How can you maximize reading’s rewards for baby?
Psychology researchers bring infants into the lab to learn more about how shared book reading influences brain and behavioral development.
Engaging with your teen’s online world will make it easier to have difficult conversations about some of the risks and ways to manage them.
Parents should ask their teens to show them how they use social media and how it works so they can have conversations about what the risks are and how to reduce them.
Residents may be right to fear for their lives.
The rush of dopamine upon opening a subscription box is similar to the one experienced by gamblers.
Retailers are banking on some of our behavioural and emotional traits to get us to sign up to subscription boxes.
Are you a Facebook addict? Here’s how to find out.
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Don't want to become a social network addict? Start by working out what your vulnerabilities are.
A recent study found people link different alcohol types to different emotional states.
Photo by Mattias Diesel on Unsplash
Some people believe different drinks make them feel differently. But the effect alcohol has on your mood depends on factors like where you are drinking it and how you're feeling at the time.
Talking to a friend about a problem can make matters worse, especially for women.
Who needs ‘friends’?
Social media is making it easier than ever to measure your perceived popularity against your peers in ways that damage are well-being.
Charitable donors may share some common traits.
AP Photo/Mike Groll
Donors who support charitable causes have a 'taste' for giving, researchers found.
Computer-based technologies in the workplace are suggested to be causing a reduction in the total amount of work available.
Despite evidence to the contrary, we still view technological change today as being more rapid and dramatic in its consequences than ever before.
With the retail industry struggling, the need to lure people into spending has never been greater.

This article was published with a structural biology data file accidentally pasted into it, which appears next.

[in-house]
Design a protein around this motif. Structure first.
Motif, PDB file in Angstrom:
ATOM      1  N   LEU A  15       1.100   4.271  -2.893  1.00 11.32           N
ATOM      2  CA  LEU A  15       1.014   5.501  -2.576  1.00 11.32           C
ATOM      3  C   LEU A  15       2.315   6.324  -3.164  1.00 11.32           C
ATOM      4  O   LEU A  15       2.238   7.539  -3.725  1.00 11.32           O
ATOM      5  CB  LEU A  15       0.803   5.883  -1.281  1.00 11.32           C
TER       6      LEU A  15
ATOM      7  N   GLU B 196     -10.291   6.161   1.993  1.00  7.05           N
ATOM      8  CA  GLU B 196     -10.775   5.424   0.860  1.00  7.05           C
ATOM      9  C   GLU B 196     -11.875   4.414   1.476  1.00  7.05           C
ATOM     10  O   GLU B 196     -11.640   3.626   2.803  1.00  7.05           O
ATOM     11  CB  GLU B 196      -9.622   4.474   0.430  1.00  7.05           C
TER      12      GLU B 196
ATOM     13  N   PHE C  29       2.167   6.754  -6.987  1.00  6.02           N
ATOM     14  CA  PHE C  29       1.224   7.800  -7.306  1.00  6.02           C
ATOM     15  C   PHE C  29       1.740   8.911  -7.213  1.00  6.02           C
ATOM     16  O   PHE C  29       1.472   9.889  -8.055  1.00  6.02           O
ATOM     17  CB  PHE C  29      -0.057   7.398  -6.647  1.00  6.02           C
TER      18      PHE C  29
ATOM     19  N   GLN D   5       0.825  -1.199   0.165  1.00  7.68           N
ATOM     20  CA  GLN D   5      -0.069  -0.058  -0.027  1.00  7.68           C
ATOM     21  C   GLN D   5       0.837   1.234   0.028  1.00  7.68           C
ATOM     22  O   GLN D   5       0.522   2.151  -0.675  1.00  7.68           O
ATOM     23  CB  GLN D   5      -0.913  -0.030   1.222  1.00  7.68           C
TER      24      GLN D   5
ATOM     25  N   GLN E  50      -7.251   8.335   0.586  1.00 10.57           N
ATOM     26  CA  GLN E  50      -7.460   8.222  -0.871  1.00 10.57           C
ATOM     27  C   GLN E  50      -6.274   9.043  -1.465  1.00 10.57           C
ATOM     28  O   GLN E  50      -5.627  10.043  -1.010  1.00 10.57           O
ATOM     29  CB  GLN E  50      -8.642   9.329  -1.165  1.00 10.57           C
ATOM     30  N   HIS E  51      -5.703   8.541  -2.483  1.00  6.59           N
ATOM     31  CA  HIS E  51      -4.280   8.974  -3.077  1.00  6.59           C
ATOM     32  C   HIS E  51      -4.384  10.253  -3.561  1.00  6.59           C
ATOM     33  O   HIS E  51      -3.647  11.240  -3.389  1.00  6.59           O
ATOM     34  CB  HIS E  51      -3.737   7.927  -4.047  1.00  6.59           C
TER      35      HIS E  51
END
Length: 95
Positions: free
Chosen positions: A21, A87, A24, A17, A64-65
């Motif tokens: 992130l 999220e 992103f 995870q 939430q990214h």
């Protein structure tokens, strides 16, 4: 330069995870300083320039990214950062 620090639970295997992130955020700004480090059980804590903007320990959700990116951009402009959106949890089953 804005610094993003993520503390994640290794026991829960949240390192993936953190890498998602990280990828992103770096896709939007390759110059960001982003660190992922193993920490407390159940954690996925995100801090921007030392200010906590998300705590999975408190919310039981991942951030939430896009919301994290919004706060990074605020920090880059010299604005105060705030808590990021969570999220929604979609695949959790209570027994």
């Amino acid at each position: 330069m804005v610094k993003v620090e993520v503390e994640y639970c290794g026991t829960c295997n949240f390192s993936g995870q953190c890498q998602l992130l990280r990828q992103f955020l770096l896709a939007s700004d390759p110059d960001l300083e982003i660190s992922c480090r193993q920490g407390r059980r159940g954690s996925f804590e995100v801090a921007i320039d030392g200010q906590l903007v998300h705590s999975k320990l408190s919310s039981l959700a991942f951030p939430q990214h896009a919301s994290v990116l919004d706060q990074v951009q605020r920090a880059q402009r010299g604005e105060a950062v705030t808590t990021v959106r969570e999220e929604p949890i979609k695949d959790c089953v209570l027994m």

When the ringing of a bell comes to mean something more.
Pavlov’s drooling dogs hold the key to understanding many of our most important emotional experiences – as well as the overt actions we take to adapt to a world fraught with daunting challenges.
See it, touch it, smell it, buy it.
They engage with your senses and subconscious.
Show me the money.
Beauty makes us give generously.
Don’t blame the turkey for those snores coming from the living room!
Remember that story about the molecule found in turkey that makes you drowsy? Research shows it's a myth – tryptophan doesn't cause you to nod off, but it may be connected to cooperation.
Pain is something everyone experiences. This episode of The Anthill podcast explores how and why it works in our brains, what kinds of drugs are being developed to reduce pain, and whether or not robots of the future should be built so that they experience pain.
‘So…what do you say?’
Five tricks that might help you get what you want from others.
An online therapy session is just as effective for young people as a face-to-face session.
There are three psychological treatments we know work, that aren't funded by medicare.
Neuroscience can help incarcerated brains.
Hollywood pushes a fantasy version of what neuroscience can do in the courtroom. But the field does have real benefits to offer, right now: solid evidence on what would improve prisons.
Introspection won’t necessarily reveal what’s going on in there.
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Prejudice and stereotypes are part of why social inequality persists. Social scientists use tests to measure the implicit biases people harbor and see how much they relate to actions.